Fast Company’s New Engine

We’ve moved to a new tech stack and CMS, and now the real fun begins.

Fast Company’s New Engine
[Source Illustration: CSA Images/Printstock Collection/Getty Images]

Fast Company’s past is getting its ass kicked into shape.


Over the past year, the technology that powers Fast Company has been completely overhauled. Everything from the tech stack to the content management system, the video platform, and analytics package has changed.

To appreciate the magnitude of this upgrade, you’ll have to scroll back to February 2008. That’s when Fast Company announced its grand relaunch on the open source CMS platform Drupal, version 6. Believe it or not, Fast Company was still running on Drupal 6 nine years later. We had tried unsuccessfully to upgrade to Drupal 7, but our software was so tricked out with customizations that it had become a tangled mess of technologies. The technical debt had become so large that, for a couple years, we didn’t want to acknowledge it, and turned a blind eye to the opportunity cost of doing dev work in that environment.

Full recognition of the challenges came as we worked on what would be the February 2016 redesign. It was a challenge executing effectively and ultimately realizing our vision for the sites. The debt was much more than a technical challenge.

Fast-forward to 2017, and Fast Company is now in the final stages of a transition to a React.js progressive web app that is server rendered in node.js, and backed by the open source WordPress platform (REST API). This will unlock the next phase of our growth, making the site better for readers as well as for the writers and editors who work on the site every day.

Here are a few of the features we’ve implemented over the last six months.

1. Fast Company and Co.Design are now running on HTTPS. Among many other benefits (a modest SEO boost among them), this guarantees that any data being provided from Fast Company is genuine and has not been altered by a third party. It will allow us to create better, and trusted, user experiences across our sites.


2. For video, we migrated off an aging platform and onto the JW Player platform. This has allowed us to optimize our video workflow and to experiment with new integrations across our sites. As a result, our video views have more than doubled since the beginning of this year, and continue to grow.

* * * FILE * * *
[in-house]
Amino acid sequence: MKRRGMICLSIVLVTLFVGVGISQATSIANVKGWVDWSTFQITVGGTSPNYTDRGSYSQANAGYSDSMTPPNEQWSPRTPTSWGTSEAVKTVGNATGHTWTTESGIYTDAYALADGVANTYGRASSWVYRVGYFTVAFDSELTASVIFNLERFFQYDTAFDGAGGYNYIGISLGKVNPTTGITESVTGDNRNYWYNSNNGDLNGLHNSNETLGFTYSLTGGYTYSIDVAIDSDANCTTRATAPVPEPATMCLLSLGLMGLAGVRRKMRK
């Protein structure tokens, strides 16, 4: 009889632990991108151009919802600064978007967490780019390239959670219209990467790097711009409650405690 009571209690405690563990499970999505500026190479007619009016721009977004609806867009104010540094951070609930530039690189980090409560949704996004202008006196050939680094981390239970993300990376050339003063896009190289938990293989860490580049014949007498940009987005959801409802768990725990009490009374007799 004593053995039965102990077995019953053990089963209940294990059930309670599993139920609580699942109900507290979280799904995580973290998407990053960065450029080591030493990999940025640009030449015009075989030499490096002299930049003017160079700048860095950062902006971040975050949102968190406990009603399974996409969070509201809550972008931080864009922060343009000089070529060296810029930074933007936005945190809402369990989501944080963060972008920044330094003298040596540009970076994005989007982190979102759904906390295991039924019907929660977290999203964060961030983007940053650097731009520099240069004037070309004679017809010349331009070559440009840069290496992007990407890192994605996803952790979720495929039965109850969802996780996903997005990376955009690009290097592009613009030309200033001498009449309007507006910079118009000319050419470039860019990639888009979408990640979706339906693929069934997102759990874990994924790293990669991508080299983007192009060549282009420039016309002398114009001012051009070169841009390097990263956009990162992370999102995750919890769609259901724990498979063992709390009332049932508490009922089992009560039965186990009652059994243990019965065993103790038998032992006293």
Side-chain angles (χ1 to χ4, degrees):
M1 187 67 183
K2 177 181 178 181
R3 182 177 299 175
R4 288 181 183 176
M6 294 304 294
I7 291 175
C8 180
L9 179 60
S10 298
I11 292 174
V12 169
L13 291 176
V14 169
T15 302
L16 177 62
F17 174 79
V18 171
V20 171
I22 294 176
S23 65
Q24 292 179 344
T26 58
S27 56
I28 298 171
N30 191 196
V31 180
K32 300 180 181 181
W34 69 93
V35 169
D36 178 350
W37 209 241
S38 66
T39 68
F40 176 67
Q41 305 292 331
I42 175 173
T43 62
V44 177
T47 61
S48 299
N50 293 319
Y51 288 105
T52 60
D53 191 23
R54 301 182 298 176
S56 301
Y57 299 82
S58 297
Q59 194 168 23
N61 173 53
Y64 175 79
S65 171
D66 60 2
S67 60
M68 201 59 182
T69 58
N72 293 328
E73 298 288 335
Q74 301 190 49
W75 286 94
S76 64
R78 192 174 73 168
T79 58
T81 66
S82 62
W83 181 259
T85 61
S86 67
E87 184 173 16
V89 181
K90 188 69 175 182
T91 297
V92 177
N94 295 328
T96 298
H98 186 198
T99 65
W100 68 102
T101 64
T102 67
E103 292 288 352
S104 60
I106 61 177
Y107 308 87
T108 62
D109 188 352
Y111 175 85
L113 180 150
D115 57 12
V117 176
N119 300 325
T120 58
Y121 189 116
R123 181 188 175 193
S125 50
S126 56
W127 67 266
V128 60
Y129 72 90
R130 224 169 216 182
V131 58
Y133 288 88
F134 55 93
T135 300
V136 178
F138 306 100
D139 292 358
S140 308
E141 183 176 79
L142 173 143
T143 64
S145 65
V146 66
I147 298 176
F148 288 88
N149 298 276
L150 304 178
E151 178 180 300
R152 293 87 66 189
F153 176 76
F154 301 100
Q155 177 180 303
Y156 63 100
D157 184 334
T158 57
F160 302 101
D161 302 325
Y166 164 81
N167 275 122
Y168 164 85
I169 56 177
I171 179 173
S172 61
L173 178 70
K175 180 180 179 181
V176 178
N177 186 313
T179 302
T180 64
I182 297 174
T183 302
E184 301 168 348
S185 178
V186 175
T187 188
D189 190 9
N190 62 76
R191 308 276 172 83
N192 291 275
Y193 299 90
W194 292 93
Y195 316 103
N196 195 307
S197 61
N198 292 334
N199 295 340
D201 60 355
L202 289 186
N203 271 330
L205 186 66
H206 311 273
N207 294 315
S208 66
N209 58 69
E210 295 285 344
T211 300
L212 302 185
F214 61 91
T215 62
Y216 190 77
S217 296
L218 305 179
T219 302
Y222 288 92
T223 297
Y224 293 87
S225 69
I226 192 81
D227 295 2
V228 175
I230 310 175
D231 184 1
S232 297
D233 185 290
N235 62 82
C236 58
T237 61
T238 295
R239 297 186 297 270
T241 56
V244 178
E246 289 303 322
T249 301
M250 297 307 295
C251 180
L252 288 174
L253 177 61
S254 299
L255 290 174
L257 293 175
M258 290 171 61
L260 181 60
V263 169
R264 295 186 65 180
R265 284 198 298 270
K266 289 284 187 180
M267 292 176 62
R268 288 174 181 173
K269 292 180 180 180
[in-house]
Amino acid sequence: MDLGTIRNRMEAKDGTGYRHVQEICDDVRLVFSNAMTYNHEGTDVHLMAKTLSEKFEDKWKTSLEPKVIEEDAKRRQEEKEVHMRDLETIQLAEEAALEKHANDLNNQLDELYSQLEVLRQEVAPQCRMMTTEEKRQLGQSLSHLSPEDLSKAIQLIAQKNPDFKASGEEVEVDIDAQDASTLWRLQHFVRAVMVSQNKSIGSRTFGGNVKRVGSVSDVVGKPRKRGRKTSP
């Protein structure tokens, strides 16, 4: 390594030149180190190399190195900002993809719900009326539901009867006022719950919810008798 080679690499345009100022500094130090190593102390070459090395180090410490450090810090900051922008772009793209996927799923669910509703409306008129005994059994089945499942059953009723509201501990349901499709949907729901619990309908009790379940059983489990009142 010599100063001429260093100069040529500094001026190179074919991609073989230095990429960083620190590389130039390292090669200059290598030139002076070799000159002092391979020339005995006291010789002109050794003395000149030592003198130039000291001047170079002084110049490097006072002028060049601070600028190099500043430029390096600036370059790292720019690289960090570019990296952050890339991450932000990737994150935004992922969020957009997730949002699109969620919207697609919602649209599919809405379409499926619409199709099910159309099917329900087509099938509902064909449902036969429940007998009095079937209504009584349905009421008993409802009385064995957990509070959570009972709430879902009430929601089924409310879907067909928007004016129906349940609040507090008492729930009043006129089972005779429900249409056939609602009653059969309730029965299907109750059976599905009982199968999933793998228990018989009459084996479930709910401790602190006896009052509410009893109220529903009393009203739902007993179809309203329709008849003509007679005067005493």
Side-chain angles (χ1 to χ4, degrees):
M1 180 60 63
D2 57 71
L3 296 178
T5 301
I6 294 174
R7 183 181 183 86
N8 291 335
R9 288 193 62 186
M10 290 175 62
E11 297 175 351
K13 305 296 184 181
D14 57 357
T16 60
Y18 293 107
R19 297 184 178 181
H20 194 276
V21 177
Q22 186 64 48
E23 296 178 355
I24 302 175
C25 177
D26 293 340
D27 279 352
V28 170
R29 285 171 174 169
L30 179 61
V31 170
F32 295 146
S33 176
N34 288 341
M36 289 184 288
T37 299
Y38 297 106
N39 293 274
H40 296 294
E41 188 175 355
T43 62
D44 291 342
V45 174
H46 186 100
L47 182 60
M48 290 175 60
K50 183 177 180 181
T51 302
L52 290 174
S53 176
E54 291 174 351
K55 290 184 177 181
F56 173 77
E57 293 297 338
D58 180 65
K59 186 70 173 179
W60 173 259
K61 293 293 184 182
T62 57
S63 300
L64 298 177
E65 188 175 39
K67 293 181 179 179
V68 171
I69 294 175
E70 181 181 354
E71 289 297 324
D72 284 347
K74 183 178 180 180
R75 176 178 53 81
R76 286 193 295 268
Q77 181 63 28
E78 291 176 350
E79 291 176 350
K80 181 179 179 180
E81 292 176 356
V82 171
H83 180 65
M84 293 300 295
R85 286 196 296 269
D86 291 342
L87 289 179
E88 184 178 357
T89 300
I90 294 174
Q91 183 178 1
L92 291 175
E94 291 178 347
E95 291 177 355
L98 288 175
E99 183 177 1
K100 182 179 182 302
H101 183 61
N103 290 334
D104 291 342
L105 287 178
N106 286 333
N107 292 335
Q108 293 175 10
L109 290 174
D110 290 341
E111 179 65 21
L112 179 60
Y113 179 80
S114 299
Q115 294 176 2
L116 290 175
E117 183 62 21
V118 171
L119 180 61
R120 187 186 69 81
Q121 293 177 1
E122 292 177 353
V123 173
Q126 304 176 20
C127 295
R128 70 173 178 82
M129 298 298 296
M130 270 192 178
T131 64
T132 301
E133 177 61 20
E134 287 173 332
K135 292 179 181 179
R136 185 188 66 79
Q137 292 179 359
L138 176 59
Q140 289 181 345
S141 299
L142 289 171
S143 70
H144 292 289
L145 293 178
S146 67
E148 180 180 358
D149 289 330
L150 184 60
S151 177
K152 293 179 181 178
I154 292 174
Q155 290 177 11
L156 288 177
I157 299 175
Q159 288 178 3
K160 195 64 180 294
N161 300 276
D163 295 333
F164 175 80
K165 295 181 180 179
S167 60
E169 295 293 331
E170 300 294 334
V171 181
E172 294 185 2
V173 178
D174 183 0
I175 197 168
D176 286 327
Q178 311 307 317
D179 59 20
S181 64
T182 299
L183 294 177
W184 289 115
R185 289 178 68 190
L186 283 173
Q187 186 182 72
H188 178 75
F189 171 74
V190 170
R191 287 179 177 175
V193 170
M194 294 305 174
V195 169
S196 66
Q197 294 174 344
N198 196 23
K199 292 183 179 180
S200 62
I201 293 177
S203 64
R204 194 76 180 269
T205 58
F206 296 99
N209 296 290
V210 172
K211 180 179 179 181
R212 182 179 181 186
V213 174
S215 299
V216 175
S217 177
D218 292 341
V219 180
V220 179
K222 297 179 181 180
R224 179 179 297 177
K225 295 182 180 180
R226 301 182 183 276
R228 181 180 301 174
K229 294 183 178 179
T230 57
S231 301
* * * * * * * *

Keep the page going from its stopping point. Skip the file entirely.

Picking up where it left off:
3. Search got optimized. Without getting into all the gory details, the migration of 20+ years of content allowed us to address numerous internal issues exposed by our SEO audit. As a result, we are seeing record organic search traffic (sessions from search have more than doubled), and more important have established a consistent week-over-week growth trend.

4. The site was redesigned. We took the start-fresh opportunity to build a framework that is simpler to grok and enables both modularity and experimentation. Expect improved experience for our readers, our writers, and advertisers.

5. Our page load time is the best it has ever been. Google PageSpeed puts us at 80/100 on mobile and 90/100 on desktop.

6. Viewability is better. Advertising viewability is a constant challenge for publishers, and an area where we continue looking for optimizations without the need for third-party add-ons. We are currently seeing 64% viewability across all devices, and expect to get above 70% in the weeks ahead.

This is nothing short of a gargantuan undertaking, that includes training the entire editorial and marketing teams on how to use new content management tools, updating the way we use keyword tags, and changing our daily workflow. The engineering team has done an amazing amount of work getting this all done, with barely any service interruptions—save for the day we pushed our new CMS live, which in a twisted coincidence was also the day that Amazon AWS went out of service.

About the author

I'm the executive editor of Fast Company and Co.Design.